Thomas Munro was a missionary preacher living in Invershin. Missionaries were assigned to large Highland parishes to help the minister. As well as preaching, catechising and visiting the sick, part of their job was to supervise the behaviour of people in their district and report offenders to the Kirk Session. The Kirk Session dealt with church business, but it also operated as the lowest court in the land, referring more serious cases to the civil courts. This case potentially involved both the moral offence of fornication and the criminal offence of child murder. An active Kirk Session could be very powerful and controlling in a locality, and in some places this power appears to have developed into a puerile fascination with people’s sexual lives. However, it seems that Invershin’s missionary minister had steadfastly ignored the rumours of pregnancy for months. ‘A story had gone abroad and made some noise in that part of the Country that Bessy MacKay … had been with child some time before and that it was believed she had been delivered of the said child but that no trace was left of where it was or what had become of it.’ The shared surname and place of residence suggests that Thomas was brother to Isobel, Invershin’s midwife. Recognising that elders, missionary ministers and even ministers were often closely connected with parishioners, means church discipline starts to look less like straightforward, top-down institutional power, and more like community regulation with the authority of the church behind it. Sympathy for Bessy and John’s circumstances might have led Thomas Munro to ignore the illicit pregnancy but, after a month of thinking about it, he decided the possibility of murder could not be ignored.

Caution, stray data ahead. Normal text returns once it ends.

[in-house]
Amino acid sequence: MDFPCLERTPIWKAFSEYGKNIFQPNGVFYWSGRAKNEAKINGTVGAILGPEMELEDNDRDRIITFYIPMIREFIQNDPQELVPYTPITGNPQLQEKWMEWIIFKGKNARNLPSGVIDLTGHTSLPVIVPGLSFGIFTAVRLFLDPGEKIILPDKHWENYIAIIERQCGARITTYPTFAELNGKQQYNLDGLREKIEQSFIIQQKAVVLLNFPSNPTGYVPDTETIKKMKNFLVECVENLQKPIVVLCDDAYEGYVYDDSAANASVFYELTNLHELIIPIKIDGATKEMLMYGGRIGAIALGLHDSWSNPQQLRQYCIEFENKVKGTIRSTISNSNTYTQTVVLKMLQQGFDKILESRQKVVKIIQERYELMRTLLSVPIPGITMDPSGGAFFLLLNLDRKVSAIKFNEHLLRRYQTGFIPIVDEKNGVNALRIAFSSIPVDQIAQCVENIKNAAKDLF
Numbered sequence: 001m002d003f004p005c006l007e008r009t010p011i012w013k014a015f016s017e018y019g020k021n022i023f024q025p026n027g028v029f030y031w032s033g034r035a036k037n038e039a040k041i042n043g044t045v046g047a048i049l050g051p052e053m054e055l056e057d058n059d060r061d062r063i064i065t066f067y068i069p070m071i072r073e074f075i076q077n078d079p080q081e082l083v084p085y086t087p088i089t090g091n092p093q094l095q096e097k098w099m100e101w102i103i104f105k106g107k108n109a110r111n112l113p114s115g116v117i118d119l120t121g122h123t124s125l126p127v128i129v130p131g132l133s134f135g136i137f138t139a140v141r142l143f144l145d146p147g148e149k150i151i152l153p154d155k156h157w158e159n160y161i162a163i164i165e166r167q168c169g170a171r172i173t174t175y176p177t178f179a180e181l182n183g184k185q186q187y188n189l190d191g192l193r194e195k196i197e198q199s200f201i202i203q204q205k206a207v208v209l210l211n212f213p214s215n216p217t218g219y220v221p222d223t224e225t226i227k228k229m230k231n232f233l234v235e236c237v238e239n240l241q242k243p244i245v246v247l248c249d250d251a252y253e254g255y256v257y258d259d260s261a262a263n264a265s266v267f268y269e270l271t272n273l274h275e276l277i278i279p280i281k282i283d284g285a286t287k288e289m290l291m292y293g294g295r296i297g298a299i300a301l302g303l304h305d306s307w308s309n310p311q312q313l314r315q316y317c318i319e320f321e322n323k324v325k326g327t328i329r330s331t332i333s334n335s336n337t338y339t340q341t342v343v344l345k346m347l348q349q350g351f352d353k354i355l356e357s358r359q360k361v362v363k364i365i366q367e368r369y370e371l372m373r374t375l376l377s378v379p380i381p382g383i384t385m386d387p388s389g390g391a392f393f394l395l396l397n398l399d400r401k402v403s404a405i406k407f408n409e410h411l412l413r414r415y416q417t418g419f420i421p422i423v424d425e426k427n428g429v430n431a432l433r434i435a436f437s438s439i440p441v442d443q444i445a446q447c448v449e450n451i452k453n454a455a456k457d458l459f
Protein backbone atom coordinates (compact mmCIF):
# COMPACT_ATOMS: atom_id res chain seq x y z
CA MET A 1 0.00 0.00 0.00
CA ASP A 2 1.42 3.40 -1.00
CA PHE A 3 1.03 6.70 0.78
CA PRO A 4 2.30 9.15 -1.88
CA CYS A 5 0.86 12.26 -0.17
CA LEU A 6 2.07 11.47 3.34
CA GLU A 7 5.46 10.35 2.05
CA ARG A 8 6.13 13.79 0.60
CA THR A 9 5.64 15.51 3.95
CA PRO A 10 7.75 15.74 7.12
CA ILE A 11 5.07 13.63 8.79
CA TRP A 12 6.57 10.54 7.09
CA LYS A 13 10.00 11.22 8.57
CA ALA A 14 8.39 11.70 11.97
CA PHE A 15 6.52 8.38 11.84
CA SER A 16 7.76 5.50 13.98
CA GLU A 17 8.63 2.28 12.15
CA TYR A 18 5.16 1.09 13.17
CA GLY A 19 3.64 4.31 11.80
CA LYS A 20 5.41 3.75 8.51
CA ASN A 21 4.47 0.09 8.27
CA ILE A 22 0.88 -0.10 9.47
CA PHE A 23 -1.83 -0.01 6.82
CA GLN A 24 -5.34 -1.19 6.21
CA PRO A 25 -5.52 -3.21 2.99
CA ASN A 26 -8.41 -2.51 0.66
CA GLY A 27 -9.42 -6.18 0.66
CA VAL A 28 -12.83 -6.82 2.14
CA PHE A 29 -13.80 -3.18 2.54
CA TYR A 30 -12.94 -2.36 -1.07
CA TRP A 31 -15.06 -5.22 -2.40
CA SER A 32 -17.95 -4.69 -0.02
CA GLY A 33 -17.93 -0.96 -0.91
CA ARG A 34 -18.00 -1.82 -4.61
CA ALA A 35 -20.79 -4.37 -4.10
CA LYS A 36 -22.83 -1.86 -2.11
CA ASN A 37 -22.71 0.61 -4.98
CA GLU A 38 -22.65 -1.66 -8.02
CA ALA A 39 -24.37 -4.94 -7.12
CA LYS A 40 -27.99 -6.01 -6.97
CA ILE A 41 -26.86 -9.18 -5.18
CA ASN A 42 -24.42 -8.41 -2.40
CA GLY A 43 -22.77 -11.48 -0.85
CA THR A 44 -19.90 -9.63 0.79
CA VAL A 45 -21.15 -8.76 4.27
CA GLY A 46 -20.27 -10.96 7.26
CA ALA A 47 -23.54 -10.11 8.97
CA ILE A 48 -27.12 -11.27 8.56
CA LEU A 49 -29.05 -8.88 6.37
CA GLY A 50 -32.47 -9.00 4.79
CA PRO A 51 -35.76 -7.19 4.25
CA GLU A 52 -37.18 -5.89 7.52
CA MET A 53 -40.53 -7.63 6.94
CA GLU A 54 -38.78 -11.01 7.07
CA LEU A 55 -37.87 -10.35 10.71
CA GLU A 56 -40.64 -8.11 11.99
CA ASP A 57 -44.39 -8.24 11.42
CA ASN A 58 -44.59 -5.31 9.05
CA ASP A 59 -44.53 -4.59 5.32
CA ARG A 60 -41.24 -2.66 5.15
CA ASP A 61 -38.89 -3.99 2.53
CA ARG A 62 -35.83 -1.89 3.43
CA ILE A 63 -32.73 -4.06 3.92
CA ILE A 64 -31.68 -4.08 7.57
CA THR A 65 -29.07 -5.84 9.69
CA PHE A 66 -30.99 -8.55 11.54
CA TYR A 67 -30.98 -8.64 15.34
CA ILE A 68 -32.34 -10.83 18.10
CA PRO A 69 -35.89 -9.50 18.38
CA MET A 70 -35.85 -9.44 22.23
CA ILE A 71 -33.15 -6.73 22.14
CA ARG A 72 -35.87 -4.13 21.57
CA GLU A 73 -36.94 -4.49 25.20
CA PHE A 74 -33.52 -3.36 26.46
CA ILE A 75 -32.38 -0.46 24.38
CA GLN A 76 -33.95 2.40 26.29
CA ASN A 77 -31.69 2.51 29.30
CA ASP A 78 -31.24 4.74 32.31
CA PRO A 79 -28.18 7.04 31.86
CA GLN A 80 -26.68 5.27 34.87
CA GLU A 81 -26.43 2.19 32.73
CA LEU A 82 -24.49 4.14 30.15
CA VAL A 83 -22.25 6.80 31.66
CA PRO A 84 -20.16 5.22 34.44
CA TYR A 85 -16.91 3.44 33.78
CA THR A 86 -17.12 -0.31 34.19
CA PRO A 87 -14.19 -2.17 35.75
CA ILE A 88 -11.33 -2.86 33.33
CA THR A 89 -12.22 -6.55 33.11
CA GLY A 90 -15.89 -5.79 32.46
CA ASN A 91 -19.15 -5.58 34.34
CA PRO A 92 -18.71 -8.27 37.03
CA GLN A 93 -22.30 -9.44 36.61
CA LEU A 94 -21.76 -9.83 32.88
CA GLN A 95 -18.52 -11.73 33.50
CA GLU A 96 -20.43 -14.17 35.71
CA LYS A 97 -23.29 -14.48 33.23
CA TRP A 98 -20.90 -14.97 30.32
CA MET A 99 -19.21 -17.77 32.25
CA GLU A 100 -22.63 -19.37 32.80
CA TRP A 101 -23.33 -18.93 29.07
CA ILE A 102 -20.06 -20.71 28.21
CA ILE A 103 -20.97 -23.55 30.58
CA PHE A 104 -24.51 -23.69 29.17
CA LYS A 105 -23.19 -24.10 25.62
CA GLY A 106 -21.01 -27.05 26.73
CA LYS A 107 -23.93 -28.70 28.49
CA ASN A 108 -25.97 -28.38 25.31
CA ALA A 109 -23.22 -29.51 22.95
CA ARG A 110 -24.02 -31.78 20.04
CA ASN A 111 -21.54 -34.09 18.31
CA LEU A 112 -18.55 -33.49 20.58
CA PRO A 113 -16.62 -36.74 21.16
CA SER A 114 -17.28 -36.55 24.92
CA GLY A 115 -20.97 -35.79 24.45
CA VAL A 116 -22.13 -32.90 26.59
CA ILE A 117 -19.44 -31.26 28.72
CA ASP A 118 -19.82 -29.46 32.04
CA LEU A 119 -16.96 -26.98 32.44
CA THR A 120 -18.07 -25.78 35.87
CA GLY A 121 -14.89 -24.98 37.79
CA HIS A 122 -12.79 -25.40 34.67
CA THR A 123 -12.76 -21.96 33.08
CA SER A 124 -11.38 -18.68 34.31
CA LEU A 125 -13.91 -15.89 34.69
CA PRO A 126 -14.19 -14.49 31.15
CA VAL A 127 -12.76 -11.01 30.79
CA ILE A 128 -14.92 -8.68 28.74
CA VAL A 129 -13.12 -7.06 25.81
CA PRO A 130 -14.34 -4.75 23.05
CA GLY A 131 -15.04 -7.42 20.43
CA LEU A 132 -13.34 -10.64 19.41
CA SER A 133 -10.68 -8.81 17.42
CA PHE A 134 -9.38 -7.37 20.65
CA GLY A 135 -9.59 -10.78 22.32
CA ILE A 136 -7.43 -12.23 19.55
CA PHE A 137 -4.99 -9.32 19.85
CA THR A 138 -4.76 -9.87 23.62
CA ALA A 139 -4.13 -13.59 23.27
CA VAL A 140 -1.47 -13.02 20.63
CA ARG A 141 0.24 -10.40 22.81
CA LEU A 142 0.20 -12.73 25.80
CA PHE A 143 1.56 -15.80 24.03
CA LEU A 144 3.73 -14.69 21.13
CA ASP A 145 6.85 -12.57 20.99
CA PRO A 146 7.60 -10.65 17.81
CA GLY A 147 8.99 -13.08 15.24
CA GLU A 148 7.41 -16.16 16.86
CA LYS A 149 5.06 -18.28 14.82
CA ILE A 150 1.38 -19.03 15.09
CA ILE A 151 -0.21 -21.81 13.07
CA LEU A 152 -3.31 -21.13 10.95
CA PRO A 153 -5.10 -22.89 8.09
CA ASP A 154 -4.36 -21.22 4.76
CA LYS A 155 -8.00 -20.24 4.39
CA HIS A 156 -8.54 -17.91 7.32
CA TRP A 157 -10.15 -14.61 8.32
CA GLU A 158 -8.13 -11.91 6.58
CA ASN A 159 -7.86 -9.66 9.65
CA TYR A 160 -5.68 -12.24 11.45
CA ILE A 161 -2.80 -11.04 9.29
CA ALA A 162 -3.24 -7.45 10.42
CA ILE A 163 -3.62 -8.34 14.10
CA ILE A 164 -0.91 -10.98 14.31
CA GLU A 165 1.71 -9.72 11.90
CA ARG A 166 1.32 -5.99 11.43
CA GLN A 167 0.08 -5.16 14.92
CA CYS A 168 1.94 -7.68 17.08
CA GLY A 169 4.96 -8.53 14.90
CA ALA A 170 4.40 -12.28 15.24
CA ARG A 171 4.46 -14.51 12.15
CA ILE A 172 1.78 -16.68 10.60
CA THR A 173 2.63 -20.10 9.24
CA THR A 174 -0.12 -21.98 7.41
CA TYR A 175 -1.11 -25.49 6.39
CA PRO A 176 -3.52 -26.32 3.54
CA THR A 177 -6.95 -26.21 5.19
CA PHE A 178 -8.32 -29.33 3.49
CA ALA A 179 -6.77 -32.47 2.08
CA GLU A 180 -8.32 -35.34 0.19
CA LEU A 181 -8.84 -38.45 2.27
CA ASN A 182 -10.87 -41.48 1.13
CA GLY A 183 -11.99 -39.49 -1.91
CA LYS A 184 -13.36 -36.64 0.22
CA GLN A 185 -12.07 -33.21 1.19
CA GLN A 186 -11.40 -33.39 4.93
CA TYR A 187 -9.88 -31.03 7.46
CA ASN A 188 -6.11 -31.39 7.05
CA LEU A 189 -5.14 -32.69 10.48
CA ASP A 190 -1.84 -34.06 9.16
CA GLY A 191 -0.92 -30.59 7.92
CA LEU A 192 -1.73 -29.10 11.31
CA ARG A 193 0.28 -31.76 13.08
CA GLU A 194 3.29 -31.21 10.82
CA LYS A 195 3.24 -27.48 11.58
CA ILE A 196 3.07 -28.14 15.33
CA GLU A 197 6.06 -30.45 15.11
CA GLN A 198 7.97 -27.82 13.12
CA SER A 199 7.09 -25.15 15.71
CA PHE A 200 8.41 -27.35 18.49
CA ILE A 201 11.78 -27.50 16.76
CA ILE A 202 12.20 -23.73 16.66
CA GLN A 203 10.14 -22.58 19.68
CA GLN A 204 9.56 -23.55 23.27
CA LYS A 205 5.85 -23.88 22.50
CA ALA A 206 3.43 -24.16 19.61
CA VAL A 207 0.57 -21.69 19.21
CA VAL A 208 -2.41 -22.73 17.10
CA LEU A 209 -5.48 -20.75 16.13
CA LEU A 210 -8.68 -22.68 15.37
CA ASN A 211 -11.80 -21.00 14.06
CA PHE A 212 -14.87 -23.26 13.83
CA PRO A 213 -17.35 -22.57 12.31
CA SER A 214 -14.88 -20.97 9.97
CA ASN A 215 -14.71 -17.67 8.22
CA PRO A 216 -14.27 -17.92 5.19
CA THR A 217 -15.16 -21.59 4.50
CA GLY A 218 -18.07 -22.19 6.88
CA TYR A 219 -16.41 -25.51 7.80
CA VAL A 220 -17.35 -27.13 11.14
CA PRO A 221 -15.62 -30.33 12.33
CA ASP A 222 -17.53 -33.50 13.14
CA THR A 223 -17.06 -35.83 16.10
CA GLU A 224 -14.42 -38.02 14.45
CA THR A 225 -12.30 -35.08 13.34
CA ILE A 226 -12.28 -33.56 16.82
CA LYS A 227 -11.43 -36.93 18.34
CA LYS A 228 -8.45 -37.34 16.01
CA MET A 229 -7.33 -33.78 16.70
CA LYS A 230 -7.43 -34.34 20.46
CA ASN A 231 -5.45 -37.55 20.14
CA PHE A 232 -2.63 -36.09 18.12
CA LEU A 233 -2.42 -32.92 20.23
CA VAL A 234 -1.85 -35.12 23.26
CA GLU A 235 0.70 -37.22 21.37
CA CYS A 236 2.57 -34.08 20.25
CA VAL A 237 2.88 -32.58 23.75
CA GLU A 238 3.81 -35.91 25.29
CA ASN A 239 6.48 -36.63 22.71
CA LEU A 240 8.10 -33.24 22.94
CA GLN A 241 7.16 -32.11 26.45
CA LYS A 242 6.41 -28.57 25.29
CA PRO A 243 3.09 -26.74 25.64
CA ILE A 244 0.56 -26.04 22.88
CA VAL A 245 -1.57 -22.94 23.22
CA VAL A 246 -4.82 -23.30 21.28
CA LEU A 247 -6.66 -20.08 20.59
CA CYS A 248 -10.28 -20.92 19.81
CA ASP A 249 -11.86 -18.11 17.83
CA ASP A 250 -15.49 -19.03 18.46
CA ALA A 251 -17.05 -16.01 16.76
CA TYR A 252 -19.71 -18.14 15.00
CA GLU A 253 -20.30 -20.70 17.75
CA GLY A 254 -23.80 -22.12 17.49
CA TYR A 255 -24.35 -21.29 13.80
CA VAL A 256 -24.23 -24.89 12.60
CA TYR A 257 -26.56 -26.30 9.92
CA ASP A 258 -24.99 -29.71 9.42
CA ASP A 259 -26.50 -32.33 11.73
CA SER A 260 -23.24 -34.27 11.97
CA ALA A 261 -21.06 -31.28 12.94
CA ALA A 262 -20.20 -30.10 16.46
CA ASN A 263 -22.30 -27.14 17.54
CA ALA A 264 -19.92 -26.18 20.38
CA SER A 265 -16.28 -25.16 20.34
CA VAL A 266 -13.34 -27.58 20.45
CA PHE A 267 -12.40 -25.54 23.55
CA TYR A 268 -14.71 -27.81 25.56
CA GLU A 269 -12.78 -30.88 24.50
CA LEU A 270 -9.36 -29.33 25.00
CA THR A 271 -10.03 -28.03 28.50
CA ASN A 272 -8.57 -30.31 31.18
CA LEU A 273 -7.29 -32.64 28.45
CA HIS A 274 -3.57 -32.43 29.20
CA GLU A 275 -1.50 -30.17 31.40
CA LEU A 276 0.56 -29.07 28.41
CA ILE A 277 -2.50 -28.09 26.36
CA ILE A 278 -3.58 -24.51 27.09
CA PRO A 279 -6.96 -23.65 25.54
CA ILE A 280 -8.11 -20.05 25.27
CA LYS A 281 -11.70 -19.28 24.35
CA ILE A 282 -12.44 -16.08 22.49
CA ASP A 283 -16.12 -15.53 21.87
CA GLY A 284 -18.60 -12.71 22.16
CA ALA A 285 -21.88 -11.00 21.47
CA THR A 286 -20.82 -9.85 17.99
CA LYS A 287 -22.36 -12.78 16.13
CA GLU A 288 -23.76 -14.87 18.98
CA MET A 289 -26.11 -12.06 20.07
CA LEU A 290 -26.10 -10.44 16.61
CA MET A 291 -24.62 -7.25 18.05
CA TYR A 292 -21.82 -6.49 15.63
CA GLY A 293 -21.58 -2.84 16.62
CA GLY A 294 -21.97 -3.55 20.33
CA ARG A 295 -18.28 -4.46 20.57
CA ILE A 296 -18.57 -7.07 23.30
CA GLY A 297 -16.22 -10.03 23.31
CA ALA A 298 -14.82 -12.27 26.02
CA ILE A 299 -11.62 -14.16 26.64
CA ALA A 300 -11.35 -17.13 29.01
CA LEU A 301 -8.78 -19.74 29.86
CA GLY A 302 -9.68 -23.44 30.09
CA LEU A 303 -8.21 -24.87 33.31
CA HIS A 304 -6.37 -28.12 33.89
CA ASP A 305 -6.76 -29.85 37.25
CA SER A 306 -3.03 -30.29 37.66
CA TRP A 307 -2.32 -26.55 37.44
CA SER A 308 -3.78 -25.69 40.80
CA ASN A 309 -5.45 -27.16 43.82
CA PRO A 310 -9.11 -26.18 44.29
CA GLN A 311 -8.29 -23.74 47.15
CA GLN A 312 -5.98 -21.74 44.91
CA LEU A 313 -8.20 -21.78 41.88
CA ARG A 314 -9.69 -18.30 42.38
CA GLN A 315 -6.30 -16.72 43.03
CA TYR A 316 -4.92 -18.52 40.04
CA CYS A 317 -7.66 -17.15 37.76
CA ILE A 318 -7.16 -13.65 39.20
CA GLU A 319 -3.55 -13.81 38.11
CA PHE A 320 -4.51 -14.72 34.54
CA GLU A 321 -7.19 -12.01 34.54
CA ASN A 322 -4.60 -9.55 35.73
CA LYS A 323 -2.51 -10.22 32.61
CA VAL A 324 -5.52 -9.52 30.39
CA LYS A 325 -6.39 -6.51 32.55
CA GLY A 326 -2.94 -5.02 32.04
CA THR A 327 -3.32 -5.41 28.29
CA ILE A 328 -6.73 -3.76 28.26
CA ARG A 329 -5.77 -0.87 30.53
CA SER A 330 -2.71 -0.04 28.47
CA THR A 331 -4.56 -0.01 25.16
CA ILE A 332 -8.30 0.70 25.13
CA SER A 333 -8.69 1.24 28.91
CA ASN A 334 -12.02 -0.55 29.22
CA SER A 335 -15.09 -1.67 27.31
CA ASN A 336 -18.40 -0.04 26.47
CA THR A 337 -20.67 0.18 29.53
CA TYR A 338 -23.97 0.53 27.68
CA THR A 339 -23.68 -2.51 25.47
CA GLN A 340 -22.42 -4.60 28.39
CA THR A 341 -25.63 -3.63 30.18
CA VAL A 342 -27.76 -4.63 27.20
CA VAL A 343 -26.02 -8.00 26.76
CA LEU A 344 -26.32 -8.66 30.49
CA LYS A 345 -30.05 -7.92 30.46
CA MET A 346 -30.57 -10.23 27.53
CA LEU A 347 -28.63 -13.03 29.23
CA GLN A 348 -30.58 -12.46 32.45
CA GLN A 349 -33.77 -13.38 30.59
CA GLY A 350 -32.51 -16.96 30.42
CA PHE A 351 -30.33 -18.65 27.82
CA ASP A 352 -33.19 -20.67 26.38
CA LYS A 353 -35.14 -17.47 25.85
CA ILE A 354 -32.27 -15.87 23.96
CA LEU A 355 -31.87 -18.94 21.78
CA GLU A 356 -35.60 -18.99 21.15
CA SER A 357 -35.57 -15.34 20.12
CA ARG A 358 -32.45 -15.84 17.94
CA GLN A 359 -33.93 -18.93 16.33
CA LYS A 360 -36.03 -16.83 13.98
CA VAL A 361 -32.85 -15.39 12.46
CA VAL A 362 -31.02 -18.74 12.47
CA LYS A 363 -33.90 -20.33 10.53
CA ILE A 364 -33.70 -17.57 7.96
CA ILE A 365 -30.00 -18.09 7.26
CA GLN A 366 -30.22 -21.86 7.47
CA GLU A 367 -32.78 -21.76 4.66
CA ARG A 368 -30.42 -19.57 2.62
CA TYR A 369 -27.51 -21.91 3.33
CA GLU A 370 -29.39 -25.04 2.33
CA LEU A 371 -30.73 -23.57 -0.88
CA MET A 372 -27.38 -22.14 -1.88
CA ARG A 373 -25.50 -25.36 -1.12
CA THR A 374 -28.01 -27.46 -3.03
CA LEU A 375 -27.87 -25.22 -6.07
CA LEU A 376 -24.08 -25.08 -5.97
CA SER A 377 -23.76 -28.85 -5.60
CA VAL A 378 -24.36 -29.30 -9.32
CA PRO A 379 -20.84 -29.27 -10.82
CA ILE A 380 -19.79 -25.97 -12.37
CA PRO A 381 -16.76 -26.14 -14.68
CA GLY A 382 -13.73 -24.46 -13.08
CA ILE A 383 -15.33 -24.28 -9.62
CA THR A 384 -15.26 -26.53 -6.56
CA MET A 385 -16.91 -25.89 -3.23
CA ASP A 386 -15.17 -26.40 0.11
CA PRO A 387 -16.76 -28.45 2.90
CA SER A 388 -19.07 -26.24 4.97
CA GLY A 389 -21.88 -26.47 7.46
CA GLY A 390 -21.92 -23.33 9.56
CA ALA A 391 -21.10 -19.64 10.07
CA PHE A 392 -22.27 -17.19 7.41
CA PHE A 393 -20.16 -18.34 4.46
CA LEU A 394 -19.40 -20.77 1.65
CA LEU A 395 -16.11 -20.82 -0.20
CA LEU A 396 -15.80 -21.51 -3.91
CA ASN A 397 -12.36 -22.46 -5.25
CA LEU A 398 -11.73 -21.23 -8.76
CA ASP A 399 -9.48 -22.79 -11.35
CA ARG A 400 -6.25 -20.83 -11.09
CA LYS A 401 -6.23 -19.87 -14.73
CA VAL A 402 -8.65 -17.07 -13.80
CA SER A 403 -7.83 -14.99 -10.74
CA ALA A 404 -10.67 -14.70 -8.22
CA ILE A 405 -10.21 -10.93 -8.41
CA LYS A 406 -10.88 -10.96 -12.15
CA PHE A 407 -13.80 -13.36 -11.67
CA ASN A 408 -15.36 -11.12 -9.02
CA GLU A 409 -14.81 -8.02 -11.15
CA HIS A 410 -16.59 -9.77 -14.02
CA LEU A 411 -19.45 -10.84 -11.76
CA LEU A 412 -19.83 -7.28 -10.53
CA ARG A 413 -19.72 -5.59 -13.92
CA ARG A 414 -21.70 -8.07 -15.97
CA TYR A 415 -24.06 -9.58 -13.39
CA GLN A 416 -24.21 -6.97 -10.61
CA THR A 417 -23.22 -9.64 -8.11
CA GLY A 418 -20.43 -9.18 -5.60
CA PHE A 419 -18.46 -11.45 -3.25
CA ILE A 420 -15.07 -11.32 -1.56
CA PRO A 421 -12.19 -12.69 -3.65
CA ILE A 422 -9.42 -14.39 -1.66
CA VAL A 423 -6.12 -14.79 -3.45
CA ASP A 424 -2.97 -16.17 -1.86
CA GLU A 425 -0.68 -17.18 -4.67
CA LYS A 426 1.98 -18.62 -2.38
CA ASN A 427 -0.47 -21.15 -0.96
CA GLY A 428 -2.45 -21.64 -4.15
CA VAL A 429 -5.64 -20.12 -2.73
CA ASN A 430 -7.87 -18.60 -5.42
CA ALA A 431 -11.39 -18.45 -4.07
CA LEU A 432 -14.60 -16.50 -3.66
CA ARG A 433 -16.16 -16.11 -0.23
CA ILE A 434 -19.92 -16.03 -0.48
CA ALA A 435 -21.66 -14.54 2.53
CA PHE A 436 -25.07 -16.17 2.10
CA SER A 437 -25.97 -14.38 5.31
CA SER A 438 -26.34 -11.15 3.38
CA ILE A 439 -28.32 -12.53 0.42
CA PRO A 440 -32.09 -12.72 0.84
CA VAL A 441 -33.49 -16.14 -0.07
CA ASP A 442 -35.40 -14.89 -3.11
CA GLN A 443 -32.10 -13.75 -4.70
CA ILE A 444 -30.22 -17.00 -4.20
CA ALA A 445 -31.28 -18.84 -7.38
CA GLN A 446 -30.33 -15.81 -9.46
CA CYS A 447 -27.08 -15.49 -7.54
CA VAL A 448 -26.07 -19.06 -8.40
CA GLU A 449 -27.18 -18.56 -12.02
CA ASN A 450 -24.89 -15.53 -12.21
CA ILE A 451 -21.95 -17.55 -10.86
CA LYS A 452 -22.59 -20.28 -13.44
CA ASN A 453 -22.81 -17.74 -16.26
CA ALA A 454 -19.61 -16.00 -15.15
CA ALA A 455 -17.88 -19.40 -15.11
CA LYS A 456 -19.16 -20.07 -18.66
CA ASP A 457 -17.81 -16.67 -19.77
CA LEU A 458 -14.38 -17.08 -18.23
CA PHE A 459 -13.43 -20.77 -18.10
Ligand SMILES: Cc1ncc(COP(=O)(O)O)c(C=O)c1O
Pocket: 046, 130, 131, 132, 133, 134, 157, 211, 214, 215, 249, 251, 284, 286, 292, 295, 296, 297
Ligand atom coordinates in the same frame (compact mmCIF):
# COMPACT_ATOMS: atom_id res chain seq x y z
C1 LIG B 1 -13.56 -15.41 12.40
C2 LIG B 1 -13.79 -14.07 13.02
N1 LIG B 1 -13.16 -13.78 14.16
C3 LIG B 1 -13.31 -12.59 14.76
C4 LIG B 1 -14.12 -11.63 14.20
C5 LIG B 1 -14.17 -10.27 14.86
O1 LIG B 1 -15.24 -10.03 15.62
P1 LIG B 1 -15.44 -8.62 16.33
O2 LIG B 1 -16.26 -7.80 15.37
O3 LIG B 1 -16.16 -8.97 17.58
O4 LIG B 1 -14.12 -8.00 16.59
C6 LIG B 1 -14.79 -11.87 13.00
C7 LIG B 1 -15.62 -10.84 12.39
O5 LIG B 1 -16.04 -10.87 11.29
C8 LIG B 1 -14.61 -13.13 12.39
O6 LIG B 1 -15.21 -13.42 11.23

To be continued…
National Archives of Scotland, AD14/14/13, Child Murder, Creich, 1814
Lynn Abrams, ‘From Demon to Victim: The Infanticidal Mother in Shetland, 1699-1899’ in Twisted Sisters: Women, Crime and Deviance in Scotland since 1400, Yvonne Galloway Brown and Rona Ferguson, eds, (East Linton: Tuckwell Press, 2002)
Elizabeth Ritchie, ‘“A Palmful of Water for your Years”: Babies, Religion and Gender Identity among Crofting Families, 1800-1850’ in Jodi Campbell, Elizabeth Ewan and Heather Parker (eds) The Shaping of Scottish Identities: Family, Nation, and the Worlds Beyond (University of Guelph, Ontario, 2011)
Deborah A. Symonds, Weep not for Me: Women, Ballads and Infanticide in Early Modern Scotland, (Pennsylvania: The Pennsylvania State University Press, 1997)